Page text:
Cultural change requires a focus on specific behaviors. However, ferreting out harmful behaviors isn’t always easy. Although blatant and egregious examples of racism still exist, many of the behaviors that damage diversity and inclusion efforts in today’s companies are more subtle.
In many cases, workplace discrimination happens completely unconsciously: Even the people who consider themselves to be very fair and welcoming to all groups can be responsible for bias.
However, benign intentions don’t excuse unwelcoming behavior at work. Give your employees the ability to recognize these behaviors for what they are, and then you can start getting rid of them.
Identifying Unconscious Bias
Compared to conscious or overt bias (such as openly admitting you don’t want to work with a certain group of people), unconscious bias happens without the offender realizing it at all.
Unconscious bias starts as as an impression or gut feeling, which then influences your perception, often in ways that are difficult to consciously identify. These hidden preferences and prejudices go on to affect most of your decisions.
Gut-level, spontaneous judgements based on personal experiences have helped humans adapt and survive throughout history. The tendency to take these mental shortcuts is hard-wired into our brains.
Here are just a few examples of how employees’ unconscious bias could be affecting your work culture:
- When hiring, people tend to give preference to candidates that they have something in common with (a sport, alma mater, shared connection, or mutual friend), which can exclude people with different backgrounds.
- Groups of colleagues that share similar interests, cultures, or attributes develop relationships that give them subtle advantages at work and also make “outsiders” feel uncomfortable.
- Managers make assumptions about which type of person is best equipped to handle a certain task based on stereotypes instead of real data.
Fighting Unconscious Bias:
One of the best ways to fight unconscious bias is to use procedures for areas where bias does the most damage, such as hiring, promotions, and otherwise assigning new tasks and responsibilities. When procedures are developed by a diverse group of people and vetted for bias, then used consistently, diversity improves.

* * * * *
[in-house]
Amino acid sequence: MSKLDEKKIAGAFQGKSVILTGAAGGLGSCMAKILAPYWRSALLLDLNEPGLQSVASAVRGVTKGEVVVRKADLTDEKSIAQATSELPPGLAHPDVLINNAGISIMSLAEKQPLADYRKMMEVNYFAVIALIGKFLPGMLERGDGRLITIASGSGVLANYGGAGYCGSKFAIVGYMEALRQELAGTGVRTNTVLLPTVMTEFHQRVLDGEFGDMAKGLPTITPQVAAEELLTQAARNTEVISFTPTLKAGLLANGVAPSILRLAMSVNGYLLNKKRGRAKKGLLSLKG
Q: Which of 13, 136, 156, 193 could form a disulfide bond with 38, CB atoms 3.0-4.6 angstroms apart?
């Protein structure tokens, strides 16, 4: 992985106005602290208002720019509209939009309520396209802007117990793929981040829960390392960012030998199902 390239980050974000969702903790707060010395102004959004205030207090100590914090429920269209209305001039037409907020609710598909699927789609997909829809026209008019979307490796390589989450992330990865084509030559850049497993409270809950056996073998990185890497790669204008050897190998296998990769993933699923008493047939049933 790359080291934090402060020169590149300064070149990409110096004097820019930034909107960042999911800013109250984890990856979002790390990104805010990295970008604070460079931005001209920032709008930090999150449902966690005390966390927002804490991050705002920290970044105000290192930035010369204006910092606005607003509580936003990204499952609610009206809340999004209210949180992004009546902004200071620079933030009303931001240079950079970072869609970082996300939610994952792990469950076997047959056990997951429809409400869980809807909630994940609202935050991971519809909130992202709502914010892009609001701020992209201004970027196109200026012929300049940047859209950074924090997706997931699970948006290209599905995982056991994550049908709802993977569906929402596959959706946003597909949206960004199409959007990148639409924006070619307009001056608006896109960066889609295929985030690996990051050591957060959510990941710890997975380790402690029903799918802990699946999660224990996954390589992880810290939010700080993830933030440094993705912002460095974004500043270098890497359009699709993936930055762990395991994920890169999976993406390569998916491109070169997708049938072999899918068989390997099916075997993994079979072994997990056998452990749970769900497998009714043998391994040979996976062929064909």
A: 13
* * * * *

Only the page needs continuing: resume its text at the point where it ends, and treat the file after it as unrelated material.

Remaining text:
And although metrics and statements on your website don’t mean much if they’re not backed up by accountability and action, sharing your diversity goals publicly may help by providing some accountability for you and your business.
We use the term “microaggression” to describe the subtle but offensive comments or actions that result from unconscious biases when they’re acted out or spoken. These offenses usually reinforce stereotypes of a minority group.
This NPR story lists some examples of microaggressions: an African American woman being complimented for being “articulate,” people of certain ethnicities being asked where they’re “really” from, and LGBTQ individuals being told that they “don’t look gay.”
One employee may not recognize the impact of a statement or action, but the offended employee clearly feels the negative impact. It needs to be addressed before feelings begin to fester.
Responding to Microaggressions:
Because the employees at fault for these microaggressions are generally unaware that they’ve offended anyone, the best antidote is to let them know. However, for employees to feel comfortable calling out this kind of behavior, there already has to be a culture in place that makes employees feel safe speaking out.
Identifying Other, Subtle Forms of Unwelcoming Behavior
Any time someone at your company feels singled out or like they’re being treated differently based on some aspect of who they are, it’s a threat to your culture.
Employees are made to feel uncomfortable or unwelcome for a variety of reasons, some of which don’t even involve any interaction between employees.
For example, if an employee is listening to music with profane lyrics, displaying polarizing political posters, promoting a sexually suggestive dress code, or even having a conversation with offensive elements that other colleagues can overhear, that’s certainly enough to damage a culture of inclusion.
There are other ways that offensive behaviors can get disguised. For example, many of the most offensive remarks at work are delivered in joke form or passed off as joking around. (Newsflash: A punchline doesn’t excuse sentiments that disrespect others.)
In other cases, managers try to disguise their ill will toward certain employees by passing their harsh criticism or unfair workloads off as work-related.
Any of these less direct forms of unwelcoming behavior can land a company in serious hot water legally. But long before then, these behaviors will have done serious damage to the company’s productivity and competitiveness.
Eradicating Subtle Unwelcoming Behaviors
The best way to manage subtle and unconscious bias is to create a workplace where employees are encouraged to speak freely and constructively about a topic, and where they are open to discuss without the fear of judgment. Healthy workplaces are built when employees who feel comfortable speaking up and expressing their concerns.